I learned from one of his letters home that Elder Bourne and Elder Benjamin, while on splits, had gone to see the new Star Wars Episode One: the Phantom Menace. And despite all my own lies and judgments, despite my own struggles with depression, despite my willingness to excuse my own rule offenses, despite even my compassion for Elder Bourne, I felt an overwhelming arrogance and a need to prove myself as a good missionary, and I convinced myself that the right thing to do was to turn him in. I made up a story about how a concerned member had seen the two missionaries at the movie and had called in to report them. And I felt that I had no choice but to call the mission president to turn them in.

Both Benjamin and Bourne knew that it was me, that I had lied, but I continued to deny it. Elder Benjamin asked me directly about it once, asking why I wouldn’t turn him in for something so serious as having a girl over but then turn him in over the movie. I only denied it, unable to answer the question myself.

Elder Bourne’s depression increased, and one day he confided in me that he had considered throwing himself off of our balcony in the hopes that his leg would break so that he could be sent home. The mission wasn’t working for him, it was hurting him, and he couldn’t keep it up. On top of his depression, his mom had taken ill at home, but he didn’t just want to go home a failure. In a moment of compassion, I told him that God wanted him to be happy and not a missionary more than he wanted him to be unhappy and a missionary. Secretly, I wished someone would have said the same to me.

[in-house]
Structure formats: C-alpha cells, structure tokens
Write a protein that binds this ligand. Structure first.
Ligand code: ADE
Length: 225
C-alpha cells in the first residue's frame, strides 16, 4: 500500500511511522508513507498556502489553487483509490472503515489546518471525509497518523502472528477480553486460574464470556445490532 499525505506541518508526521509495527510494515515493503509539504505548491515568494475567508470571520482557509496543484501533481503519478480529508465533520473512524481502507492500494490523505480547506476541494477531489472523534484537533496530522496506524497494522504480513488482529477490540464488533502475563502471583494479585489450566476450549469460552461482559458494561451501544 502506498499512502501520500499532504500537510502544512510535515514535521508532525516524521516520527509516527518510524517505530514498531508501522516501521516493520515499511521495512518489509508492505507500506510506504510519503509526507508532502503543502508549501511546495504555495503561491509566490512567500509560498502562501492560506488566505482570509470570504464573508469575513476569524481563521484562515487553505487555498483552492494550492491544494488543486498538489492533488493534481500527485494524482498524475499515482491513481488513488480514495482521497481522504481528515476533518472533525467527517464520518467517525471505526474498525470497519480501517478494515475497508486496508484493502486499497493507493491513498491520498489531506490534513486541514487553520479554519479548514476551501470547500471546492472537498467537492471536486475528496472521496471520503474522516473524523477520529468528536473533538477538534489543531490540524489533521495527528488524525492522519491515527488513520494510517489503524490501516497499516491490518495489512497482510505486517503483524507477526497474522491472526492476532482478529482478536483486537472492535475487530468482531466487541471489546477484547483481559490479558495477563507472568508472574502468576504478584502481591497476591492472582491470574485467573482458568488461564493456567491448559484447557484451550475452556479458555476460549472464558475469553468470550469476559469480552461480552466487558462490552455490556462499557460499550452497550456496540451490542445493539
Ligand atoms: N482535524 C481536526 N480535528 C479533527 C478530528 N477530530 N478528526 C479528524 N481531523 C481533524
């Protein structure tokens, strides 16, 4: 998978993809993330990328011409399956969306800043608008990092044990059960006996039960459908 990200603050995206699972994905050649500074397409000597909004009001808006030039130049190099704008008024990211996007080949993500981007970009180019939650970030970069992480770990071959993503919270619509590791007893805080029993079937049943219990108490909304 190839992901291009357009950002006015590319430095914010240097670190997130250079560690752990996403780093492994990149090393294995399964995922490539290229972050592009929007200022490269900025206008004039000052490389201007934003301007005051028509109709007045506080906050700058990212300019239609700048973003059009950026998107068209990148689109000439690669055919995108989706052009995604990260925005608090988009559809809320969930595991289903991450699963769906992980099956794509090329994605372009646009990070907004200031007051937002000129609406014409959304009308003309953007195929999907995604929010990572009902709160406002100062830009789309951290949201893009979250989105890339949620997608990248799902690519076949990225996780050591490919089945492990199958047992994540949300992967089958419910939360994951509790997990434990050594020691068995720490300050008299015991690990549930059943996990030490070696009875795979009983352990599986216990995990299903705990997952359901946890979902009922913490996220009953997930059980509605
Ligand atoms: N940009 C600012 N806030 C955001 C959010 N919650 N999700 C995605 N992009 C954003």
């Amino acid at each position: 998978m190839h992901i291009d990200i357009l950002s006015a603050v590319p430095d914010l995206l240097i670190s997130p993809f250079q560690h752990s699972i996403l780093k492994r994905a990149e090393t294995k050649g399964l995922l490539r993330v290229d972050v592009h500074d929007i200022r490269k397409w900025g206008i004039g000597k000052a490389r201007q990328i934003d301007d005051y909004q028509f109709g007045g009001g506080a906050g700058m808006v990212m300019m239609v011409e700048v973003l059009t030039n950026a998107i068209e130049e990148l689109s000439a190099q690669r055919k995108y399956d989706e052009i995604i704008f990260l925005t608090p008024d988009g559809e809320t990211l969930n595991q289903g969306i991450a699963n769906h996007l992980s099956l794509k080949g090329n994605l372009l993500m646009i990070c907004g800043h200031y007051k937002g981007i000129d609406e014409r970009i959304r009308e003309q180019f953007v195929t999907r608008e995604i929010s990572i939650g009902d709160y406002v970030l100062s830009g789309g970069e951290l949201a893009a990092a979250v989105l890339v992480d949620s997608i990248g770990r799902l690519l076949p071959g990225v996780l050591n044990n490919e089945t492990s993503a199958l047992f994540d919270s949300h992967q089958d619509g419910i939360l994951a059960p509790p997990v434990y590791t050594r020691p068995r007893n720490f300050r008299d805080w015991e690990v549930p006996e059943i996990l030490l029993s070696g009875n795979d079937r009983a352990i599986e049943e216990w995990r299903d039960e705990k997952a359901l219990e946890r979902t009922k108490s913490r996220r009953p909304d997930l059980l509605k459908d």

Elder Bourne feigned a leg injury and went home, telling everyone it was to address his health. I felt both happy for him, jealous of him, and furious with myself for not being a better trainer. I knew I would never get a chance to train another new missionary. My own depression increased. Things were about to get much worse.

I never saw Elder Bourne again. Years later, I heard that he had come out of the closet, after his mom died, and his sister had also come out just as mine had. He had moved to California and was, from what I heard, very happy.


Phoning Home


“Elder Anderson, now that you’ve had time to settle into the city, we are going to send a new missionary in for you to train. His name is Elder Bourne, and he’s from Salt Lake City. He’s very enthusiastic and excited to be a new missionary in Philadelphia.”

My heart thudded with this news. I couldn’t believe it. I was going to train? Training a new missionary was a new responsibility, and if God was seeing fit to give me a new responsibility, that meant he trusted me, that I was doing a good job. I felt a pride in my spirit that I hadn’t felt in some time. I’d been in Philadelphia for two months now, and I had been a missionary for 14 months. I’d just had two baptisms with my companion, Elder Shoney, and I was the district leader over my small section of missionaries. The mission president was taking notice, and this meant I would have to keep up the good work. I needed more success, more baptisms, so that I could get more responsibility. I needed to prove I was a great missionary.

I would miss Elder Shoney. He had proven to be an incredible companion, more like a brother. We bickered sometimes, but always stayed great friends. We laughed a lot, worked hard, and had zero drama, a nice change from my past companions, some social misfits, others arrogant, others just so different from me that we had no connection. And now I had a new missionary coming in, Elder Bourne. With memories of my own entrance into the mission field just a little over a year before, I got a ride in to the mission home to pick him up, feeling proud of myself.